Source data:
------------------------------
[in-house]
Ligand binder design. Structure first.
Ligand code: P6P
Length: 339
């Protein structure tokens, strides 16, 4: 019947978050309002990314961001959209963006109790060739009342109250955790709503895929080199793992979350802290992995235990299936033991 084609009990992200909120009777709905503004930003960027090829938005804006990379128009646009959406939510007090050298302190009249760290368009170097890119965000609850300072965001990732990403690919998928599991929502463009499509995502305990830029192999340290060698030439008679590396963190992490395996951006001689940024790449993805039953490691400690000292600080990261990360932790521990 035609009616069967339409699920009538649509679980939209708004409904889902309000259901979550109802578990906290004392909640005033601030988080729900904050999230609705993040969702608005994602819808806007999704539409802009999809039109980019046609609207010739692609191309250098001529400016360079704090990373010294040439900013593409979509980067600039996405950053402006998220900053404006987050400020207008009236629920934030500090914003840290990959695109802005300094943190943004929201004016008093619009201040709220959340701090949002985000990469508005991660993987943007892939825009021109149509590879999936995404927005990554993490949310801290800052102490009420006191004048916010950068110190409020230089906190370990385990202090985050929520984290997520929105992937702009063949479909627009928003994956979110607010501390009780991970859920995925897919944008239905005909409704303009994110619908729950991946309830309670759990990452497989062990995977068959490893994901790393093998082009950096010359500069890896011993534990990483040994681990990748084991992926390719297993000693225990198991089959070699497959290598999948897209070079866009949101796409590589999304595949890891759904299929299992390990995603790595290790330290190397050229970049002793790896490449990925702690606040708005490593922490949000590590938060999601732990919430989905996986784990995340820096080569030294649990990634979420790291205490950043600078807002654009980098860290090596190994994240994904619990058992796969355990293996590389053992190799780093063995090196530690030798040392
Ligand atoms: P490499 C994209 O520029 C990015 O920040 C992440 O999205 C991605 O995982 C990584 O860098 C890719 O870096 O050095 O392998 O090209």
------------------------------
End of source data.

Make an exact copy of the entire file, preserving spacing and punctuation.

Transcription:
[in-house]
Ligand binder design. Structure first.
Ligand code: P6P
Length: 339
């Protein structure tokens, strides 16, 4: 019947978050309002990314961001959209963006109790060739009342109250955790709503895929080199793992979350802290992995235990299936033991 084609009990992200909120009777709905503004930003960027090829938005804006990379128009646009959406939510007090050298302190009249760290368009170097890119965000609850300072965001990732990403690919998928599991929502463009499509995502305990830029192999340290060698030439008679590396963190992490395996951006001689940024790449993805039953490691400690000292600080990261990360932790521990 035609009616069967339409699920009538649509679980939209708004409904889902309000259901979550109802578990906290004392909640005033601030988080729900904050999230609705993040969702608005994602819808806007999704539409802009999809039109980019046609609207010739692609191309250098001529400016360079704090990373010294040439900013593409979509980067600039996405950053402006998220900053404006987050400020207008009236629920934030500090914003840290990959695109802005300094943190943004929201004016008093619009201040709220959340701090949002985000990469508005991660993987943007892939825009021109149509590879999936995404927005990554993490949310801290800052102490009420006191004048916010950068110190409020230089906190370990385990202090985050929520984290997520929105992937702009063949479909627009928003994956979110607010501390009780991970859920995925897919944008239905005909409704303009994110619908729950991946309830309670759990990452497989062990995977068959490893994901790393093998082009950096010359500069890896011993534990990483040994681990990748084991992926390719297993000693225990198991089959070699497959290598999948897209070079866009949101796409590589999304595949890891759904299929299992390990995603790595290790330290190397050229970049002793790896490449990925702690606040708005490593922490949000590590938060999601732990919430989905996986784990995340820096080569030294649990990634979420790291205490950043600078807002654009980098860290090596190994994240994904619990058992796969355990293996590389053992190799780093063995090196530690030798040392
Ligand atoms: P490499 C994209 O520029 C990015 O920040 C992440 O999205 C991605 O995982 C990584 O860098 C890719 O870096 O050095 O392998 O090209």